VW emissions scandal hits German economy

Confidence among German investors dropped in October, following the revelation of the Volkswagen emissions scandal as well as weakness in emerging markets.

Dow Jones reports that ZEW think tank’s indicator of economic expectations fell to 1.9 in October from 12.1 in September.

"The emissions scandal at Volkswagen and sluggish growth in emerging markets are dampening the economic outlook for Germany," said ZEW President Clemens Fuest in a statement.

"However, the performance of the domestic economy is still good and the euro area economy continues to recover. This makes it rather unlikely that the German economy will slide into recession."

Ratings agency Standard & Poor's reacted to the scandal by downgrading Volkswagen AG's credit rating on Monday. The company’s rating went from A to A-minus.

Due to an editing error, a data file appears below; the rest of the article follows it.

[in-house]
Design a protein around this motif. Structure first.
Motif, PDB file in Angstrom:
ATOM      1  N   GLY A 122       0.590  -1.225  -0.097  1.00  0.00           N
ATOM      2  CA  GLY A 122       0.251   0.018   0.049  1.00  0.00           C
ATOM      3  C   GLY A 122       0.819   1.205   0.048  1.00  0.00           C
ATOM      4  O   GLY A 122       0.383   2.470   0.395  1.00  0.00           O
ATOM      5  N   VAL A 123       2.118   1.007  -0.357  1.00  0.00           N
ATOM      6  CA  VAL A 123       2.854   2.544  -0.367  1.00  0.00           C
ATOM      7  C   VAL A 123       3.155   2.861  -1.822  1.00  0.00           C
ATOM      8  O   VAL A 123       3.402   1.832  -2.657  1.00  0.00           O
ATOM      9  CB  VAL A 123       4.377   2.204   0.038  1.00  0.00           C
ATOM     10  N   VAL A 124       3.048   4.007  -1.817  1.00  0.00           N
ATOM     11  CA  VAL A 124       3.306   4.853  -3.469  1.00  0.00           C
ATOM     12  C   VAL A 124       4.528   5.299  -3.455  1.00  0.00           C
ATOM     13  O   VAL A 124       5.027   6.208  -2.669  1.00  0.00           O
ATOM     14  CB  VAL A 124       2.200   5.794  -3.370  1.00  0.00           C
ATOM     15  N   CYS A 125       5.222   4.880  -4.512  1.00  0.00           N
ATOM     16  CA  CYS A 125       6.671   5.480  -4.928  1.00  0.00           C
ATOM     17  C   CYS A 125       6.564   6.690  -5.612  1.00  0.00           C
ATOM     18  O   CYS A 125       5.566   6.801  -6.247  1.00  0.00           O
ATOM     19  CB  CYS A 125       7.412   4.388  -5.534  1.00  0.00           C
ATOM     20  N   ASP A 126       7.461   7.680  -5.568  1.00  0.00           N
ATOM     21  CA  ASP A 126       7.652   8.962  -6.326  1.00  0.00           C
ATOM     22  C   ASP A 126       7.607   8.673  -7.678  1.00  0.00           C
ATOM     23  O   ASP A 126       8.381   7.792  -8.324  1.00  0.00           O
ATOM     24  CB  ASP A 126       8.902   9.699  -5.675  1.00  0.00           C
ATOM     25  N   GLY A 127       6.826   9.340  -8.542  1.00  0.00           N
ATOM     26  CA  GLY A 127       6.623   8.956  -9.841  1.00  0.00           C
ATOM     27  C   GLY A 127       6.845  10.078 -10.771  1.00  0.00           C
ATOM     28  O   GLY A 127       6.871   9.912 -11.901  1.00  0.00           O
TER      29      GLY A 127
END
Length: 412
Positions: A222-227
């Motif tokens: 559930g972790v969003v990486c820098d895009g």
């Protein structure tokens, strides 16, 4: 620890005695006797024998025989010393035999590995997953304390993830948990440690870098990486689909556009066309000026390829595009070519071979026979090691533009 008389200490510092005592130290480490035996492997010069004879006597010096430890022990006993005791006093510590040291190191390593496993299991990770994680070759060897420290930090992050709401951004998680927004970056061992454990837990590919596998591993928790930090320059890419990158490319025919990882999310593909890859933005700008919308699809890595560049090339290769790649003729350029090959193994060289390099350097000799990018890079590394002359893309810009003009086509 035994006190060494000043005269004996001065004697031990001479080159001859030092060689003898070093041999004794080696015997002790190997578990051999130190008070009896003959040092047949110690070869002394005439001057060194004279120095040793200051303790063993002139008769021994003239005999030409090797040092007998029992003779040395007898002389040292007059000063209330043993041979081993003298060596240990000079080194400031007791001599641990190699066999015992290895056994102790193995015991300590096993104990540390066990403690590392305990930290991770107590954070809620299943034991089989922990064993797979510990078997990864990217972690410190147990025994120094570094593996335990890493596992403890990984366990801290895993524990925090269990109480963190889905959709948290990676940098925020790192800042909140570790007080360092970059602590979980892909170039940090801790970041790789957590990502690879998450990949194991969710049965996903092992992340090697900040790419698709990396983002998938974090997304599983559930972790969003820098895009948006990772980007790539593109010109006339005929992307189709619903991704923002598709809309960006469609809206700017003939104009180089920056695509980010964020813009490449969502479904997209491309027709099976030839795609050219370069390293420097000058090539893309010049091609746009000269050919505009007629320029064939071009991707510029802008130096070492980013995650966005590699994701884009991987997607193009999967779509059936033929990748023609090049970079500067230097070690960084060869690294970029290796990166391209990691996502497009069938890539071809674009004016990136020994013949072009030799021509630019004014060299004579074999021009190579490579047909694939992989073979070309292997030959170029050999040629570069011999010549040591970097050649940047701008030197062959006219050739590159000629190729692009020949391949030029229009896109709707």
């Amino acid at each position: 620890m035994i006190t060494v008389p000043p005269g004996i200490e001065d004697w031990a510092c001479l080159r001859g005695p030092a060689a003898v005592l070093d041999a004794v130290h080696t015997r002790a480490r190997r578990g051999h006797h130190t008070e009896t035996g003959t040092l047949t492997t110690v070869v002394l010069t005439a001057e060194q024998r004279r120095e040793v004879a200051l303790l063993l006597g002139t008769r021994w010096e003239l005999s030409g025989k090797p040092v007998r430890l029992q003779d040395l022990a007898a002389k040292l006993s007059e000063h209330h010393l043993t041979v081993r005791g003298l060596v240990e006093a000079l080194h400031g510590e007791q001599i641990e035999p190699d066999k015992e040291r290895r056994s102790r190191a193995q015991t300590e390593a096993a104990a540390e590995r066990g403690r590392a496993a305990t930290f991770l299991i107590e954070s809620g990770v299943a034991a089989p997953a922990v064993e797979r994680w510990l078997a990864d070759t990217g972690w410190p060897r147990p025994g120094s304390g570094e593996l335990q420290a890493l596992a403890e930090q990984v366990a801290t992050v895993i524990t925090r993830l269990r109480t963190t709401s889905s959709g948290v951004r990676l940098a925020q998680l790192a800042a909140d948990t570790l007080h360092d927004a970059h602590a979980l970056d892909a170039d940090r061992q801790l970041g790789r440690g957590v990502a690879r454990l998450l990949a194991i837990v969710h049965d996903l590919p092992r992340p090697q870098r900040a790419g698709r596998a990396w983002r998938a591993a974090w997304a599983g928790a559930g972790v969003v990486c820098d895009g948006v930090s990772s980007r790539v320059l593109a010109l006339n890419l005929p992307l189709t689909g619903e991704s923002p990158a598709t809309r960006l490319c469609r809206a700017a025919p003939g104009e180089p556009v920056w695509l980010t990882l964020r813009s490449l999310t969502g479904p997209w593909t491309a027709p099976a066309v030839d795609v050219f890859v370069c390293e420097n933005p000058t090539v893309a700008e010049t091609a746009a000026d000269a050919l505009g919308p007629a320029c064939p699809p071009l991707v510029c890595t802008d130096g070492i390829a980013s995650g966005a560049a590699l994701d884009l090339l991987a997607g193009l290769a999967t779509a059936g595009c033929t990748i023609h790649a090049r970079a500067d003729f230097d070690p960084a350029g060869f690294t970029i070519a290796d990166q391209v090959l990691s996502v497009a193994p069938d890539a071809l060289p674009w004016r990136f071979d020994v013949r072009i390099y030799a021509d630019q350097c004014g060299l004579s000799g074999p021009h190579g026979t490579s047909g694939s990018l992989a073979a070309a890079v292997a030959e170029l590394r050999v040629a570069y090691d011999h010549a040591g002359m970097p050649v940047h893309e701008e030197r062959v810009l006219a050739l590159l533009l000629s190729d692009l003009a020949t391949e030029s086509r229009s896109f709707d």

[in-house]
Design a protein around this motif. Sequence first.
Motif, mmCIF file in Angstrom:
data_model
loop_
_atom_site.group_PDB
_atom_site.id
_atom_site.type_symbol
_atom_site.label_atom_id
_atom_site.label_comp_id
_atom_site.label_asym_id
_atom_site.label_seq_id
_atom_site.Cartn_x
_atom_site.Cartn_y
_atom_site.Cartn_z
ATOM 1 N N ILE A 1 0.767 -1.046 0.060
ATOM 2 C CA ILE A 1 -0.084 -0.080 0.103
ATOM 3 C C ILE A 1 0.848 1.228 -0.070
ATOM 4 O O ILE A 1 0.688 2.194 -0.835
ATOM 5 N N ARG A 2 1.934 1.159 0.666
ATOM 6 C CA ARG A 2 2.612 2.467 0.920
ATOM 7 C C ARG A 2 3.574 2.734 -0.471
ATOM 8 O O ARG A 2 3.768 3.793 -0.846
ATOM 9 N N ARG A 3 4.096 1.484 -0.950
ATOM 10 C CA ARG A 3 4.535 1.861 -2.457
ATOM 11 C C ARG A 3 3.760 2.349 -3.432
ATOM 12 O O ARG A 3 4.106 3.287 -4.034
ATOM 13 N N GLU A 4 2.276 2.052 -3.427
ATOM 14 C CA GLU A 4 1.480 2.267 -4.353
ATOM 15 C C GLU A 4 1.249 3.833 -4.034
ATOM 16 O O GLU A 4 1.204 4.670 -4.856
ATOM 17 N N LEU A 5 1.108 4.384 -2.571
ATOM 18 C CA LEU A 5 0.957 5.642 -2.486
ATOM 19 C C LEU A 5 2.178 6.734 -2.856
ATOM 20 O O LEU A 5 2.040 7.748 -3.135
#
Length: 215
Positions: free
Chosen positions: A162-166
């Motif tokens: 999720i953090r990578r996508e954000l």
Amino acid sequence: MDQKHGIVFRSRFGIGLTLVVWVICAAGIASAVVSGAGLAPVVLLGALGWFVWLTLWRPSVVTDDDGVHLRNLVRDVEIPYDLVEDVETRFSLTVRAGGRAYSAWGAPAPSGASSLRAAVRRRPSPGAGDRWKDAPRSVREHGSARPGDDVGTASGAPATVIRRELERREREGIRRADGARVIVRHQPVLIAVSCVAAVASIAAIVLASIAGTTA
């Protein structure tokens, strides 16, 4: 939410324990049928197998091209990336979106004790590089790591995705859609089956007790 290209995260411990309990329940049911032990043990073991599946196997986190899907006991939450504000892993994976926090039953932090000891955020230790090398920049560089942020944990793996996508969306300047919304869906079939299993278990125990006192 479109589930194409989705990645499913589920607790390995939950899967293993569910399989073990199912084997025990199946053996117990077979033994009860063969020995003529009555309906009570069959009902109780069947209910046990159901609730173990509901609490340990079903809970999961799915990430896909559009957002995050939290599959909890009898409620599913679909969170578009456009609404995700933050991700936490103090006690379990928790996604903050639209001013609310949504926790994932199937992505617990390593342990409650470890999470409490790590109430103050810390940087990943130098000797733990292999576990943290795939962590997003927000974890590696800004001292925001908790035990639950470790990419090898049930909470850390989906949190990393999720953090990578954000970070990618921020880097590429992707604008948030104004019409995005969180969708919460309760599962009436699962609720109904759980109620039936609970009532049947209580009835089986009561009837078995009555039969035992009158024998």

"As part of the surveillance process, we will continue to consider, among other things, the potential impact of VW's actions on its business prospects and competitive position, as well as its cash-flow generation and leverage metrics," Standard & Poor's said in a statement.

Meanwhile, the British transport secretary Patrick McLoughlin told the Commons transport select committee Volkswagen had “behaved in an appalling way”.

“These devices were made illegal in 1998 and it is unbelievable to think a company the size and reputation of VW have been doing something like this. They are going to suffer very substantial damage as a result and they deserve to,” he said.

Volkswagen will recall and refit up to 11 million cars worldwide including nearly 100,000 in Australia, following revelations they contain software used to cheat diesel emissions tests.

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